Namely, using Macs and iSights to conduct online housecalls.
According to this article ("Telemedicine on the cheap") from Wired.com, MyMD.com is an online concierge telemedicine service that is giving 1000 of its participating physicians an iBook and iSight as part of a pilot project in order to allow them to more easily videoconference with patients. Of course, it only works if the patient has a videocam on their end, too.
Michael Chalkley, MyMD's CEO, said he sees the video conferencing service as a supplement to a normal health care regimen -- not a replacement. And he said that for its relatively low fee -- $4 a minute, or $50 for 15 minutes, the service is cheap enough to be useful when patients need advice on something they feel confident is a minor concern.
Unless there is a discount, the cost of the service to patients actually runs $3.99 per minute or $59.85 for a 15 minute call. If they consider this cheap, then my in-office rate of $50 per 15 minutes must be a bargain, too. The consultant physician gets to keep $1.89 of that per minute fee answering medical questions. That works out to $113.40/hr, without the hassles of insurance. I'm sure this sounds like a dream job for many overworked primary care doctors, but I wonder how many patients really use this service.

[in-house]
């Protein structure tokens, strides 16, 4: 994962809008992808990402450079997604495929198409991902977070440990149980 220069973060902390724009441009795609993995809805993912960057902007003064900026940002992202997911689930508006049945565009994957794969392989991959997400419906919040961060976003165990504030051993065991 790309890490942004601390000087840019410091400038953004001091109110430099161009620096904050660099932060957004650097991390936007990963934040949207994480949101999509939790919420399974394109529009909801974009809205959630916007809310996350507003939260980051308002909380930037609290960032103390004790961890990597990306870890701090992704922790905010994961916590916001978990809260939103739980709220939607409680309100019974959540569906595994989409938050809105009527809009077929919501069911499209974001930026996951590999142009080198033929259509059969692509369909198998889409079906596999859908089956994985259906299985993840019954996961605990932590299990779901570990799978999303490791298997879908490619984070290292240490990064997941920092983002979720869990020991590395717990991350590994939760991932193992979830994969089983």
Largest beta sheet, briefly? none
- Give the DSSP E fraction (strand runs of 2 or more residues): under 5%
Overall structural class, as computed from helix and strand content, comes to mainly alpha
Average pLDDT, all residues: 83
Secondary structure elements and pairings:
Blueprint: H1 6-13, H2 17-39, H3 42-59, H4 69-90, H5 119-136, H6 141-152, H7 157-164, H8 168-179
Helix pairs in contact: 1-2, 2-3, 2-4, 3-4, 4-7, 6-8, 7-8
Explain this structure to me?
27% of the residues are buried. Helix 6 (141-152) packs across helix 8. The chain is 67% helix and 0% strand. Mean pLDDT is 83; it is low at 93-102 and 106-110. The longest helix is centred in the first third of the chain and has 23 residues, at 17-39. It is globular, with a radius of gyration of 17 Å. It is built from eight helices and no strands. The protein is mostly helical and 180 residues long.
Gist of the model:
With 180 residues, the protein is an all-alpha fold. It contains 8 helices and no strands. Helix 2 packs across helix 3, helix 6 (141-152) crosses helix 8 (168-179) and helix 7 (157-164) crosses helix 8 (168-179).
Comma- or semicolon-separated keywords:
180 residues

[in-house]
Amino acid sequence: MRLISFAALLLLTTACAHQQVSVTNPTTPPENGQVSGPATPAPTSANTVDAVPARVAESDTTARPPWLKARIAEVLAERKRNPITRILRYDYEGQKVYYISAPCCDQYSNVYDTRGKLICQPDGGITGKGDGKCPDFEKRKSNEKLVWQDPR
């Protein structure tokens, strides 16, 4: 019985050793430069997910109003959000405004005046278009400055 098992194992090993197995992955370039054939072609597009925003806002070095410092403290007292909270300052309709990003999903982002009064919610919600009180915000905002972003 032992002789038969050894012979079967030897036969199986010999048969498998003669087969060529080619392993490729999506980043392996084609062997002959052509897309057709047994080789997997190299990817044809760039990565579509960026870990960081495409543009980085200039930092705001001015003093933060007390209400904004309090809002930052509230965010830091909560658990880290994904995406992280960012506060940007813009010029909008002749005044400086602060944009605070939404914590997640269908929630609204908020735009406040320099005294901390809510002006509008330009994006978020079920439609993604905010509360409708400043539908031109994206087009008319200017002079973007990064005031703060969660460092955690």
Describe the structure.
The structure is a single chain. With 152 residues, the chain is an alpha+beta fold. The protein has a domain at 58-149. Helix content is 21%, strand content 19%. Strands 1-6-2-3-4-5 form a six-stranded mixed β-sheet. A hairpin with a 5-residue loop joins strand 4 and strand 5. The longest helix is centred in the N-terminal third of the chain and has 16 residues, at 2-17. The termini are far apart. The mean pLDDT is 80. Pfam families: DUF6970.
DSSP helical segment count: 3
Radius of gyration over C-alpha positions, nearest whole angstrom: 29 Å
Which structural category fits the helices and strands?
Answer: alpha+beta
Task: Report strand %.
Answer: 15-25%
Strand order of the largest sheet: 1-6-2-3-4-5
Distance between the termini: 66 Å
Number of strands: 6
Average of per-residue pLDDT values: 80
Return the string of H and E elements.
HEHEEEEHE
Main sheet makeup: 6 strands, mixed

Is it a way to offer better medicine? The example listed in the article had a mother sticking an iSight down her daughter's throat to help the doctor diagnose strep throat. Now, given how difficult it is to diagnose strep throat even in person, it would appear to me to be sub-optimal at best.
This article talks about the future cybermedicine industry. However, the article's date is telling. August 3, 1999. Given that cybermedicine hasn't really taken off in the 5 1/2 years since then, I don't think we'll be practicing medicine from the comfort of our beds anytime soon.
One positive that I see coming out of this is that 1000 physicians will get to see how easy and useful the Mac operating system is, compared to Windows.
I think some day I'll get an iSight and offer "virtual housecalls" too, but only for established patients whom I've actually met in person. And while videomedicine appeals to the high-tech side of me, there's no substitute for actually being there. There is healing power in the human touch, after all.